An EJT is a short jury trial, generally lasting one day. It is quicker and less expensive than a traditional jury trial. Parties must request an EJT and stipulate (agree) to certain rules; the court cannot order parties to participate in EJTs.
To request an Expedited Jury Trial, the parties must complete and file a:
[Proposed] Consent Order for Expedited Jury Trial (EJT-020) (external site pdf ).
Note that these are optional forms.
Judicial officers or parties may raise EJTs as a possibility at Case Management Conferences, Trial Setting Conferences and Mandatory Settlement Conferences.
Yes. If your case is going through mediation and does not appear to be resolving, you may ask your mediator for assistance in negotiating the terms of the Consent Order.
You may retain a mediator to help negotiate the terms of the Consent Order.
The Court's Civil Mediation Panel
RCBA's Dispute Resolution Service (DRS) (external site )
For more information, please see the EJT Information Sheet (EJT-010-INFO) (external site pdf )
California Research Bureau - Notice Requirements Pursuant to AB 2494
In 2014, the California State Legislature enacted Assembly Bill 2494 (Cooley, Chapter 425, Statutes of 2014) which, in part, creates a mechanism whereby a copy of court filings that accuse a party in law of having engaged in frivolous actions or tactics in court are to be submitted to the California Research Bureau (CRB) via electronic mail.
The bill amends Sect. 128.5 of the California Code of Civil Procedure to read, in part,
(h) (1) A party who files a motion pursuant to this section shall, promptly upon filing, transmit to the California Research Bureau of the California State Library, by email, a copy of the endorsed, filed caption page of the motion or opposition, a copy of any related notice of appeal or petition for a writ, and a conformed copy of any order issued pursuant to this section, including any order granting or denying the motion. The party shall also indicate whether a motion for sanctions was made pursuant to Section 128.7.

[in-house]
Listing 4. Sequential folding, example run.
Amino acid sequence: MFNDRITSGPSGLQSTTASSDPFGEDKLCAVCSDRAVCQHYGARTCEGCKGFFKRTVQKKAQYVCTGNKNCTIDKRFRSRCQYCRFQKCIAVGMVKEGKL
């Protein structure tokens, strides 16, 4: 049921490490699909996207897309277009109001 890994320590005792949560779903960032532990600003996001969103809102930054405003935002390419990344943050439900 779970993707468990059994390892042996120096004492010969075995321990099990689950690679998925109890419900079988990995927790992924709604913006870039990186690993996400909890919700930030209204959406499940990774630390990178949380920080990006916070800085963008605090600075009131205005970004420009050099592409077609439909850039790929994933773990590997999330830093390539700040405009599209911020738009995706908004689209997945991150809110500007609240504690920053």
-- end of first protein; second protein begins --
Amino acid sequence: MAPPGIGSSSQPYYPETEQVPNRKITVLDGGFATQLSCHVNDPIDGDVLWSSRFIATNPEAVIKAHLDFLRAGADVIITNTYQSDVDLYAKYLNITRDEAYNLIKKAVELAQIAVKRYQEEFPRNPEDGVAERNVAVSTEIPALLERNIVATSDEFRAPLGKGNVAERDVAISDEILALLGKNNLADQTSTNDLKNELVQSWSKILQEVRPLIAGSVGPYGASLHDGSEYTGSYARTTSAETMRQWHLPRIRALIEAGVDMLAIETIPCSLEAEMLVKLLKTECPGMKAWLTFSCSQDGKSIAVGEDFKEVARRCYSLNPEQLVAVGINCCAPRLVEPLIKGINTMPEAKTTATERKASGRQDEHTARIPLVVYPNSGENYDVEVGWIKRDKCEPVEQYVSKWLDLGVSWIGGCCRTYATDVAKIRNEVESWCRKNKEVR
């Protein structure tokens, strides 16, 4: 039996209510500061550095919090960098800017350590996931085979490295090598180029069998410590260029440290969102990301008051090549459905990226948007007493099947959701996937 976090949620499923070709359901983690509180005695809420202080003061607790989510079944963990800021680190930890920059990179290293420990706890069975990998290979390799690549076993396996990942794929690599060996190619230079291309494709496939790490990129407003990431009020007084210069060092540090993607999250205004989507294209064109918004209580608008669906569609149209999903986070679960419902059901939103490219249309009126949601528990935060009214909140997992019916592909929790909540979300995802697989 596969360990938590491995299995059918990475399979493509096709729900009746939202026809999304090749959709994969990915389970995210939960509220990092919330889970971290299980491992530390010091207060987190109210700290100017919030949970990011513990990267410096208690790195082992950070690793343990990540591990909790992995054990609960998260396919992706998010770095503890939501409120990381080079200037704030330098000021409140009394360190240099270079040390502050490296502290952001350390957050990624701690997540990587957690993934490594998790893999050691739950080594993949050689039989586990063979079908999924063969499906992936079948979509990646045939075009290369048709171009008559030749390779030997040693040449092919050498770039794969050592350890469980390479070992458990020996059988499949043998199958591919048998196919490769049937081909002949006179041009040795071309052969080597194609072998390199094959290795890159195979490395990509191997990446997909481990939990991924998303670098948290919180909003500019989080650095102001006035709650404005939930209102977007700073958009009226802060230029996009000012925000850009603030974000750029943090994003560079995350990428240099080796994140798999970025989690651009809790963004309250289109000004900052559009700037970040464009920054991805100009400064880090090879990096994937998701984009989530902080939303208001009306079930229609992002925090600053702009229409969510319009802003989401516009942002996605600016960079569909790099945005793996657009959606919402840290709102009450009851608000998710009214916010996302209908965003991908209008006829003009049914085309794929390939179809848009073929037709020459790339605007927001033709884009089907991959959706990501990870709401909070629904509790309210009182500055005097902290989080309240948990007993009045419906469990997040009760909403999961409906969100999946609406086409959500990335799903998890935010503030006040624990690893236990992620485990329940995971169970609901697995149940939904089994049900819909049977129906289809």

(2) The California Research Bureau shall maintain a public record of information transmitted pursuant to this section for at least three years, or until this section is repealed, whichever occurs first, and may store the information on microfilm or other appropriate electronic media.
Documents may be submitted electronically to the CRB at AB2494@library.ca.gov. Alternately, interested parties may contact the CRB by telephone at (916) 653-7843.
Further information is available on the California State Library website (external site pdf ).
An unlawful detainer lawsuit is a civil case brought by a landlord to obtain possession of rented property and receive payment of back rent. In order to legally evict a tenant (remove and lock the tenant out of the property), the landlord must file an unlawful detainer case. An award for possession of property authorizes the landlord to evict the tenant from the property. If the landlord is also awarded judgment for payment of back rent, he or she may collect the judgment by garnishing the tenant’s wages, attaching the tenant’s property, or any other legal means.
For more information visit the Self Help Unlawful Detainer site.
Where the court reviews the reasonableness of the terms of a settlement on behalf of a minor or disabled adult, and/or directs how the proceeds of a settlement or judgment should be managed.
Petitions for minor's compromise are filing in Probate.